Lessons from the Cleaning the House workshop
Recently I was lucky enough to be in the right place, at precisely the right time, to be invited to go on Marina Abramovic’s famous Cleaning The House workshop in preparation for performing for her upcoming exhibition at the Moderna Museet in Stockholm early next year. I began the process at the audition on a rainy October day, with uncertainty and a distinct feeling of suspicion.
The first thing we did was explain to Lynsey, Marina’s assistant, who we were and what we do. Seems fine. Then we were asked to walk slowly across the room. Very slowly. It was surprisingly hard. Next we performed a ‘mutual gaze’ rather like Marina did during The Artist Is Present at the MoMA a few years ago. We are so very naïve to things, before we experience them. During the mutual gaze, I realised: firstly, when you stare at someone’s face for a long time, everything becomes one colour – you lose the normal sensation of sight; and secondly, that sitting still and moving slowly is incredibly difficult and incredibly painful.
I was invited to go back to the 6-hour recall audition. I swayed from definitely ‘no’ to absolutely ‘yes’ and back and forth again multiple times before I walked into the audition hall. I was still ‘deciding’ on the bus there, as well as in the queue for the museum to open. I decided I would go because I could always leave if I decided it wasn’t for me. I think this uncertainty was because (another realisation) I am really very anxious about discomfort. I’m scared to be outside of my comfort zone, to feel pain, to be alone with my mind. In the end, I actually quite enjoyed the call-back audition. And so I was invited to go on the 5-day training workshop in preparation for performing. I said no.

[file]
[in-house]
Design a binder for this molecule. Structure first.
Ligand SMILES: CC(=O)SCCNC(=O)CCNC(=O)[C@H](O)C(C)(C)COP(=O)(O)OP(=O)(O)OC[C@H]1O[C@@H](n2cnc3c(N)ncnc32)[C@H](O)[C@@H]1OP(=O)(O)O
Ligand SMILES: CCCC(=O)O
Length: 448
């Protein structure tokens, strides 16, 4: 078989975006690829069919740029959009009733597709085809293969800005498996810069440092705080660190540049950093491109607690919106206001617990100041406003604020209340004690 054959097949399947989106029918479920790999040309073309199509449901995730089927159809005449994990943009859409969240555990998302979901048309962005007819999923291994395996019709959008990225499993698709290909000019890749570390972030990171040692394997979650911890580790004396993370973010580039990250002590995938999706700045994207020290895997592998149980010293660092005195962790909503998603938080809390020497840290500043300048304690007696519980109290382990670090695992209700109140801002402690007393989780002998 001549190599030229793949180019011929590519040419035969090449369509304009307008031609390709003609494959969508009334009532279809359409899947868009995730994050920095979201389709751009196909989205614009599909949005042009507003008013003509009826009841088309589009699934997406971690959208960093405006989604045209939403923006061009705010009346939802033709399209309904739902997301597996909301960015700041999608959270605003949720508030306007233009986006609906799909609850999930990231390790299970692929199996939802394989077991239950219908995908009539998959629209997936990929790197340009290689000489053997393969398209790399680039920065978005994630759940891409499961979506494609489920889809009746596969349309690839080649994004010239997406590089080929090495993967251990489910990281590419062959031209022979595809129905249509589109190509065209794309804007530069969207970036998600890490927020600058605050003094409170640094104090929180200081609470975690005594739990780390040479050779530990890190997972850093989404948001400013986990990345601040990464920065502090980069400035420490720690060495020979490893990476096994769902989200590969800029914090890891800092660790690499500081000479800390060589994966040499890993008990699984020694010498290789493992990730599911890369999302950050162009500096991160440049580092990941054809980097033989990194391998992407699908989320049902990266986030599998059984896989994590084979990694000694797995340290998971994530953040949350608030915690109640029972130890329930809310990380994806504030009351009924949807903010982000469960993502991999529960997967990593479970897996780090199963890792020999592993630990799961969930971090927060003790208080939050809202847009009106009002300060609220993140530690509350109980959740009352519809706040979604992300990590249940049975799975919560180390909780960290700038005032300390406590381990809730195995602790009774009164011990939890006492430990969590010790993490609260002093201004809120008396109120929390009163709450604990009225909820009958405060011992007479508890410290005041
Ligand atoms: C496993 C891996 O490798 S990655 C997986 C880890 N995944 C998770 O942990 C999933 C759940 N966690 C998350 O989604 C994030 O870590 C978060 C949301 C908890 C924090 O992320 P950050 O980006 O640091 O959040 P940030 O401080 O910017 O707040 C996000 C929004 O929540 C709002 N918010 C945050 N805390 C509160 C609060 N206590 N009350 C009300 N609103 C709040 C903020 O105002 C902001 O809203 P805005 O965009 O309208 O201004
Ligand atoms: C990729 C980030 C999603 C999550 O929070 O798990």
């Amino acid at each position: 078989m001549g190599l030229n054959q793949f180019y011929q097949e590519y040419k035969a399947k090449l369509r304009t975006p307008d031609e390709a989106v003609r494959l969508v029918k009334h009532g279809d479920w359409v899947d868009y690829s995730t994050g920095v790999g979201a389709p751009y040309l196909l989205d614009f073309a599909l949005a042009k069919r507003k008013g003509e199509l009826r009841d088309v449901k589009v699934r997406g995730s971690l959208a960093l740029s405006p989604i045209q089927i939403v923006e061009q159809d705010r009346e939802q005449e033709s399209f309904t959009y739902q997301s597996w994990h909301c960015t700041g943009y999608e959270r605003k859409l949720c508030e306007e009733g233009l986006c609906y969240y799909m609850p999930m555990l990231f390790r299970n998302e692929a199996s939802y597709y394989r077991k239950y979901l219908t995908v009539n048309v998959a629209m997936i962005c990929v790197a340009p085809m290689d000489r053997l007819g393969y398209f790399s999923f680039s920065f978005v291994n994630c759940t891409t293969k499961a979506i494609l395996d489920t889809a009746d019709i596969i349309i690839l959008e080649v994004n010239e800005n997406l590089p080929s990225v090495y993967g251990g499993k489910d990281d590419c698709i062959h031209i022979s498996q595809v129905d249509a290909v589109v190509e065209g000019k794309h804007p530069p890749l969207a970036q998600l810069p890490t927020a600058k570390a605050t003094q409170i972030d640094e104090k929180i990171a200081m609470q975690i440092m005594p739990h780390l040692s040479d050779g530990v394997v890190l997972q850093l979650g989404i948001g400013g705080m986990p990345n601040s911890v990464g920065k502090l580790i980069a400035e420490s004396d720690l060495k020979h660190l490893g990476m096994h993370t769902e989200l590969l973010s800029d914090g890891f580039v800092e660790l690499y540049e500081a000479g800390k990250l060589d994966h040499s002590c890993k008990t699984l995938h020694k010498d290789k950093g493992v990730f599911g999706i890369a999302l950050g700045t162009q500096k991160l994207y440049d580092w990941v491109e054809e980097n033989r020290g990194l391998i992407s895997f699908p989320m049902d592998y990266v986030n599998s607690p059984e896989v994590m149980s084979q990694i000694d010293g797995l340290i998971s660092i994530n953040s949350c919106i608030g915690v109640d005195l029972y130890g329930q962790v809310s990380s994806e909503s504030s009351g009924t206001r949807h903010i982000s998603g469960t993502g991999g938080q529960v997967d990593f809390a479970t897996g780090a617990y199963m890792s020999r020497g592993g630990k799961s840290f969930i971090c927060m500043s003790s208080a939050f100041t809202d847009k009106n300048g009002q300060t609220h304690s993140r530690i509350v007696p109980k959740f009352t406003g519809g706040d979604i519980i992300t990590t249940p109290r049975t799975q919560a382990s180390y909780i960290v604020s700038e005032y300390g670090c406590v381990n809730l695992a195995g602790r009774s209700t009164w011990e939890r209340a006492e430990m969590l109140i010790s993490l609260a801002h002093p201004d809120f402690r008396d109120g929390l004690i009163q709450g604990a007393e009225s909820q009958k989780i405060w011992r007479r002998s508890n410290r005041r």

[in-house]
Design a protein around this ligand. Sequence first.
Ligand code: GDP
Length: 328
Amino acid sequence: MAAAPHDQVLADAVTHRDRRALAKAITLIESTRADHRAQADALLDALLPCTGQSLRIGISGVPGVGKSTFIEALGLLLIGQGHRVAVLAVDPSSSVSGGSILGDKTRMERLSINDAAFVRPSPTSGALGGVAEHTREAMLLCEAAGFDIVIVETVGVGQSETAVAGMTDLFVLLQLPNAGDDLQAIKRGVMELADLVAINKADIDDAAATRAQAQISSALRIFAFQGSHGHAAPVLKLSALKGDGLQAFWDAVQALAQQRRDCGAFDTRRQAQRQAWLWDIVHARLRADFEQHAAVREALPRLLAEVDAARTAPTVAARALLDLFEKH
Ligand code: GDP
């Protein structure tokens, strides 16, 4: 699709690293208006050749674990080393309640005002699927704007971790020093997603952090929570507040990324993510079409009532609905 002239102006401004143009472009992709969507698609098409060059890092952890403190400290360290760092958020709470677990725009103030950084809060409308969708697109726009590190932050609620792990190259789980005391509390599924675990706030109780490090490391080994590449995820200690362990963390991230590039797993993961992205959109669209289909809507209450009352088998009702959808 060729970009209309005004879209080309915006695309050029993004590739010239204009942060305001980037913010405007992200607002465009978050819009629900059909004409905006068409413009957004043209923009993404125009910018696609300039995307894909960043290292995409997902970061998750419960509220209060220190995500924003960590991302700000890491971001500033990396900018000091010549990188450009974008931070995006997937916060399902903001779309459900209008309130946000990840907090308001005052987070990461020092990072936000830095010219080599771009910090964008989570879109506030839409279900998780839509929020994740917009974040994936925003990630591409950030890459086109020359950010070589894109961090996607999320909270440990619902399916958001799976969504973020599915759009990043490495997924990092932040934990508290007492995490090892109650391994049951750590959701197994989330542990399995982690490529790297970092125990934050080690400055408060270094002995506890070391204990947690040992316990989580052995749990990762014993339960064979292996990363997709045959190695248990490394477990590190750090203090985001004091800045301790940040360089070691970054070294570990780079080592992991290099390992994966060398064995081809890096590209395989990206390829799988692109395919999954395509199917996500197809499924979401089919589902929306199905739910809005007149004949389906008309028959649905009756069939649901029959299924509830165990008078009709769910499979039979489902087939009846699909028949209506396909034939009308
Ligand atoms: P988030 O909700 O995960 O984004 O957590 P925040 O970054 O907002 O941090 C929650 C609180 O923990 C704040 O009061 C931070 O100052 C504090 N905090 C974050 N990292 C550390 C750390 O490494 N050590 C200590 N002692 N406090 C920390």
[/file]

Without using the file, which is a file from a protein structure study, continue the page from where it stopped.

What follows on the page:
I didn’t want to rearrange the classes I had to teach that week. I didn’t want to do long, durational exercises and be away from my home and not eat. I was convinced of it all being very self-conscious and irritating and difficult. And then I changed my mind.
I was encouraged by friends and family. They had a ‘why wouldn’t you?’ attitude, and suggested if anything made you feel this uncertainty, it was good for investigating yourself and your mind.
And so I found myself on a boat to a tiny island in the Stockholm archipelago with 29 other nervous people to ‘clean the house’.
We began by handing in our phones, eating a light broth, asking some final questions and then closing our mouths and going to bed. We weren’t going to speak or eat for five days. Every morning, we were woken by a gong – mostly I think everyone slept kind of awfully. We assembled in a courtyard and walked down to the beach, where we took our pyjamas off and walked into the freezing sea. We took showers and dressed and had tea while we waited for our first exercise. Through the days, we did classic Abramovic training – mutual gazing, blindfolded explorations of the house we stayed in – as well as the surrounding forest, mindfully eating seven almonds or slowly drinking almond milk, counting rice and lentils, staring at primary colours, walking backwards with a mirror, slow walking. It went on, a feeling endless nowness, for five days. Almost everyday, I thought to myself: I’ve had enough. I will finish this exercise and then I will quit. But I never did, and neither did anyone else. It was a really amazing experience – in equal parts the worst, most frustrating and horrible and the most amazing, enlightening and tranquil.
These are the things I learned.
1. You’re going to be ok.
It may not feel like it at the time, but pretty much everything will be ok. You will not suffer in anything forever – even if you die. Worrying about suffering is completely pointless and it is a fact that you are stronger and more capable than you think you are. Trust that you are.
2. You are truly yourself without your phone and without your voice.
How we communicate with each other when we have our usual tools taken away is with more understanding, a greater and gentler appreciation of the power of touch. It is such a gift to be silent with a group of people.
3. Close your eyes.
When we use our senses in unison, they inhibit each other. When we take just one away, we see things with our whole body in a completely new way. It only took a couple of hours to learn that walking in the forest in the black of night or with a blindfold is just as safe as walking through the forest in bright daylight – we just have to use our bodies differently, to shift the focus from our eyes to our bodies. In a way, we become lazy with our senses and we stop thinking and listening to the outside – we go on autopilot.